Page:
Key to remember: (90% survival if found within 10 minutes)
Plan: Group huddles, ensures if terrain is safe to make a rescue, single or multi search, or if they can call for help etc.. One person (leader) points roles for each member. Everyone switches on their beacons to receive mode (30 seconds). For these purposes we were doing single rescue only.
Search: We started searching using our beacons and calling out our readings to everyone. Once it was clear that one person had the strongest reading, team headed to that one area to keep searching.
As readings got stronger, that person would hold beacon lower to snow while a couple of people got their probes out and ready and a couple of others would get their shovels ready. Once it was determined that a probe most likely hit a body, the shoveling began.
In the first rescue, it was very clear that most team members were disorganized and a bit confused due to the urgency of the situation and newness with the gear. Probes weren’t assembled properly, people started shoveling too early and in the wrong way, team members were too close to each other and getting in each other’s way. With regards to the beacons, when someone gets that strong signal, low to the ground it’s key to move it slowly to ensure it has time to adjust the reading as you ensure that you have an idea of where the body actually is. In the end, you want to get to the mouth and nose first. We rushed that part and didn’t give the beacon a chance to adjust. While the eventual rescue did happen within approximately 8 minutes, a great deal of time was wasted in the rescue.
The second rescue went smoother but one thing we learned is, where possible keep an eye on the victim as they are caught in the avalanche so that you have an idea where they may have landed. Don’t assume they are buried. We found the second “victim” in a tree.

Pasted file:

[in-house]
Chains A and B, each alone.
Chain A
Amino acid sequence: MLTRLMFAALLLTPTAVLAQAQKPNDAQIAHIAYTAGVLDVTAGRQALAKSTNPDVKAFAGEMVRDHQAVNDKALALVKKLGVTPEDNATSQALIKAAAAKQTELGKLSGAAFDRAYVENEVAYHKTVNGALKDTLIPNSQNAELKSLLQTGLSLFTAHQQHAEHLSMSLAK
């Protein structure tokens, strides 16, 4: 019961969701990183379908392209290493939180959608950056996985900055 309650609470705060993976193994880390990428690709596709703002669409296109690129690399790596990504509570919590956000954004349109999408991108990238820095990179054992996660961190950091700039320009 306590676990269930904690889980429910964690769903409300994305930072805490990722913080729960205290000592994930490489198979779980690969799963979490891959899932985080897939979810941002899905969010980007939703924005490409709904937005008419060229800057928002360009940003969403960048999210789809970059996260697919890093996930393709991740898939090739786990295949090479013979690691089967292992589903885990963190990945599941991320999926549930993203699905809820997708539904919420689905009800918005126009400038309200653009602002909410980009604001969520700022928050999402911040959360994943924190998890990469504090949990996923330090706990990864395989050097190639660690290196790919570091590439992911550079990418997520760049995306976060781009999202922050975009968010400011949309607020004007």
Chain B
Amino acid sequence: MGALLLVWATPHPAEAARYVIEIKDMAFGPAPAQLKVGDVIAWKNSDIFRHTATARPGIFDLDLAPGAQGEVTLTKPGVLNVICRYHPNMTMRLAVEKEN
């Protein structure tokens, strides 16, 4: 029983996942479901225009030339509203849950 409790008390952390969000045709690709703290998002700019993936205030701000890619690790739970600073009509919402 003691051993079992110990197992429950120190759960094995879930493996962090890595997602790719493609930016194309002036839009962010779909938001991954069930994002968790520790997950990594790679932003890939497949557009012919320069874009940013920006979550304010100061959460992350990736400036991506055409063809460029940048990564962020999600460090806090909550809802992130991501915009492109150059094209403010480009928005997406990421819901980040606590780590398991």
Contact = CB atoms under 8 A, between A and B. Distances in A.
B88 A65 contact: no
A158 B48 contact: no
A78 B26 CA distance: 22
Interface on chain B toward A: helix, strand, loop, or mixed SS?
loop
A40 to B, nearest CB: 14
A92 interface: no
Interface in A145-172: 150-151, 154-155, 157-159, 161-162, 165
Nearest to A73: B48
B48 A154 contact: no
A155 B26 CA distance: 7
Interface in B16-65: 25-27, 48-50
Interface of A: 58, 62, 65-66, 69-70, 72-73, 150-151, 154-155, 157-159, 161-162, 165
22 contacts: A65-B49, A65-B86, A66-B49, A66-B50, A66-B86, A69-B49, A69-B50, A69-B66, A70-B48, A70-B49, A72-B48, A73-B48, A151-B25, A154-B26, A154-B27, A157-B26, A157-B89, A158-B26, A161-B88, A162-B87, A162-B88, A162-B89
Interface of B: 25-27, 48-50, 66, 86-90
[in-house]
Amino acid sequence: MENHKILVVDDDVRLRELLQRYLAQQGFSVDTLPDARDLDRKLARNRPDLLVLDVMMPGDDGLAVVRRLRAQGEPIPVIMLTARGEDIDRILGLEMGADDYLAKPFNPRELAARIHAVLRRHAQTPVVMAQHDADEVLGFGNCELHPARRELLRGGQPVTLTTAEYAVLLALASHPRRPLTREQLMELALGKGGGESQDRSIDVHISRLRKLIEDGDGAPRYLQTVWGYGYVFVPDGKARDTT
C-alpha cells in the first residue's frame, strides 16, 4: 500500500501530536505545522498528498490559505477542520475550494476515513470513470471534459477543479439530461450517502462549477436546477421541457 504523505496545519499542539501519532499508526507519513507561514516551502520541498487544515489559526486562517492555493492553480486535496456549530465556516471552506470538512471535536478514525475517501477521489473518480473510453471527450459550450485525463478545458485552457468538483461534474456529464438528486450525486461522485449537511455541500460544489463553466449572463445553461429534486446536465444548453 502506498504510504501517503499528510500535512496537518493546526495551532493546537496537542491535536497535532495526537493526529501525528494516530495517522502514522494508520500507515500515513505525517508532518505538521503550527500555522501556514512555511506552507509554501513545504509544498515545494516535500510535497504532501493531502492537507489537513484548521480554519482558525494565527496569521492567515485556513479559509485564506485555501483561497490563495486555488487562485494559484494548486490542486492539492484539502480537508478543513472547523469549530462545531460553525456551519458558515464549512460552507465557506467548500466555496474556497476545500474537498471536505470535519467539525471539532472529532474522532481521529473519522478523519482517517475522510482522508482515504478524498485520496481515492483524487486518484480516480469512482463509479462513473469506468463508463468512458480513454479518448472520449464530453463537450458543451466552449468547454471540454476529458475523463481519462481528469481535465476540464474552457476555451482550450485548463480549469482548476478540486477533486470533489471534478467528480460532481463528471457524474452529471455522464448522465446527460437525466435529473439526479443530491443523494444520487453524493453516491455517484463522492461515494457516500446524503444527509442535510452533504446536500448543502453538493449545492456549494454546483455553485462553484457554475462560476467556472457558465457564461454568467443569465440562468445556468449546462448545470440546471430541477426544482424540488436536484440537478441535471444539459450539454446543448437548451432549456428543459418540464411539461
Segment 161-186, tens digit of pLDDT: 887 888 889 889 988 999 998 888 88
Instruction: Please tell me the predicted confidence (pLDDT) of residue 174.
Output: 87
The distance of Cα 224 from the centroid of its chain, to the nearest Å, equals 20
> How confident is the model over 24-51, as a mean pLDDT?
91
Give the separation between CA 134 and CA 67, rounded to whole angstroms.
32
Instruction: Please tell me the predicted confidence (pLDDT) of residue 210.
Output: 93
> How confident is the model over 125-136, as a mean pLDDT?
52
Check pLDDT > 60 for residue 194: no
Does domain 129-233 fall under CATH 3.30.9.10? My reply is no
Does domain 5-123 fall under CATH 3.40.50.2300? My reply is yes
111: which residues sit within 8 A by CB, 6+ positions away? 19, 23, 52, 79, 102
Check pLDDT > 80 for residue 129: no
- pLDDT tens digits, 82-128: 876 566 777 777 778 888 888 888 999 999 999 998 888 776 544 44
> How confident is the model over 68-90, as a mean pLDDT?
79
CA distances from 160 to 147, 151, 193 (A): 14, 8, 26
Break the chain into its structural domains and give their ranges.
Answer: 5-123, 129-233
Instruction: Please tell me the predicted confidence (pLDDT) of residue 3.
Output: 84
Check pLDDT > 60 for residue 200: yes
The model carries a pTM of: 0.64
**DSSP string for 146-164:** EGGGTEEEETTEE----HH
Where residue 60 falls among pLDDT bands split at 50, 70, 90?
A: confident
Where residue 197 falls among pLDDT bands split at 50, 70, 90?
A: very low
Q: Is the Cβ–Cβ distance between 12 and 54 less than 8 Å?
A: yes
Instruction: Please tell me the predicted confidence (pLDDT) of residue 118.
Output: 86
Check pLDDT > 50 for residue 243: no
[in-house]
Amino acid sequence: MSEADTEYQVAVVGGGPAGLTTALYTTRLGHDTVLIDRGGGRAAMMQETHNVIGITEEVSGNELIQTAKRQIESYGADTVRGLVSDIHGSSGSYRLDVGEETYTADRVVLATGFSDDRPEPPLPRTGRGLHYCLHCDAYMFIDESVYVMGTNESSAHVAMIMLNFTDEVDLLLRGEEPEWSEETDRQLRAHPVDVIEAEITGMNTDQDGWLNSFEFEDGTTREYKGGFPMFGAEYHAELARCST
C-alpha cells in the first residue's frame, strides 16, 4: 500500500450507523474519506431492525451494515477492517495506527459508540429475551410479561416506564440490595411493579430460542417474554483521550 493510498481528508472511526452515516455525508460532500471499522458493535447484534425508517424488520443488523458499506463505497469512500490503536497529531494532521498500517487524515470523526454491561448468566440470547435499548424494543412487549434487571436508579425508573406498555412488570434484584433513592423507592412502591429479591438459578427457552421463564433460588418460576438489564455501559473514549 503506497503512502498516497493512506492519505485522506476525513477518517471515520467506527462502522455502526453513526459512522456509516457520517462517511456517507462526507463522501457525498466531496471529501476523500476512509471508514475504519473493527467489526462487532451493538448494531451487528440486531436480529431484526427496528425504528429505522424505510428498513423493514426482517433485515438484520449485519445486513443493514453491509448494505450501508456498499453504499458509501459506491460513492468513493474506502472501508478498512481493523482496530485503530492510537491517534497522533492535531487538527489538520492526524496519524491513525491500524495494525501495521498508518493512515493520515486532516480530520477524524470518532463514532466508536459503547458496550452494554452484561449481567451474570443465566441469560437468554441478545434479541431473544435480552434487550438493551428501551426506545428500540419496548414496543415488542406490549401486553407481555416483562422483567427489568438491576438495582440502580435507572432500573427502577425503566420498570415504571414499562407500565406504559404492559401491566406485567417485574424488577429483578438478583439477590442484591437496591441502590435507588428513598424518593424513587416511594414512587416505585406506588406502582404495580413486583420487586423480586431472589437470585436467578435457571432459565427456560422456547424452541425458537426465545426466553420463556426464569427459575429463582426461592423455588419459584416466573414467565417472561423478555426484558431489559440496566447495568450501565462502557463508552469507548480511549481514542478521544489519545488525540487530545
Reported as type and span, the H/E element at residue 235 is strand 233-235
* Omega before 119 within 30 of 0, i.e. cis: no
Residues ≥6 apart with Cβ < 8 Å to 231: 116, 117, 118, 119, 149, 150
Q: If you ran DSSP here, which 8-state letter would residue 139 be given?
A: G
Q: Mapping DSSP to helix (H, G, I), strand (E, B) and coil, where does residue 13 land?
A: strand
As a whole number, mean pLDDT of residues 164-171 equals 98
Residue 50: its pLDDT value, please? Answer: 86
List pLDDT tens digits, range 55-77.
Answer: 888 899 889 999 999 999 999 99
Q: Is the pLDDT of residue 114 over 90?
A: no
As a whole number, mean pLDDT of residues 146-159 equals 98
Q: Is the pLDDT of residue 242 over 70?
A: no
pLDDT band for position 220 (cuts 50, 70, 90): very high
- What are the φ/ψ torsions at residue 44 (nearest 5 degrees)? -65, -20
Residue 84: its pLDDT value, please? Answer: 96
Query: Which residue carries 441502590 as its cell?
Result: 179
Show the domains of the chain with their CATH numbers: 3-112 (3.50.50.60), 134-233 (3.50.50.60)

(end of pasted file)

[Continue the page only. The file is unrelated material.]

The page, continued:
The final and third rescue was the smoothest of all and the victim was rescued within a couple of minutes.
Some key points to note:
Practice really does make perfect. Teams should ensure they do this before heading out, more than once. This will also alleviate some of the “panic” mode behavior that will occur during an urgent situation. Make no assumptions and ensure all members of your team have practiced and are familiar with the use of the gear. Your life may depend on it.
One member of team A had an analogue beacon. We discovered that an analogue beacon can be just as efficient and effective at locating a buried victim if the member is experienced at using this beacon (as he was in this case) as those member who were less experienced and were using digital beacons. Again, practice is the best teacher.
One caveat to that is that the person with the Analogue beacon was unable to shout out any readings to the other team members while in search mode. This can result in the delay of getting these other members to that person in order to proceed with the actual extraction.
This was a great introduction to avalanche gear and training. This should be a minimum mandatory step for all people before heading outdoors in the winter and would be a good refresher at the beginning of each season for anyone.
Full avalanche courses are recommended always.
Thanks to Rob Brusse and Marcus Tomlinson. Avi Gear Orientation sessions are offered throughout the winter months and free to members. Check the ACC-Vancouver iCal and be sure to sign up if you haven’t done so already and if there is still room.
Have some photos from this event that you'd like to share in our photo album? Please forward them to Kayla Stevenson at firstname.lastname@example.org. Please note that we prefer to receive the photos in approximately 640x480 or 750x500 pixels - do NOT send original high-res photos. If you have a LOT of photos, please submit up to twenty of your favorites (only) for a day event, or up to forty of your favourites for a multi-day event.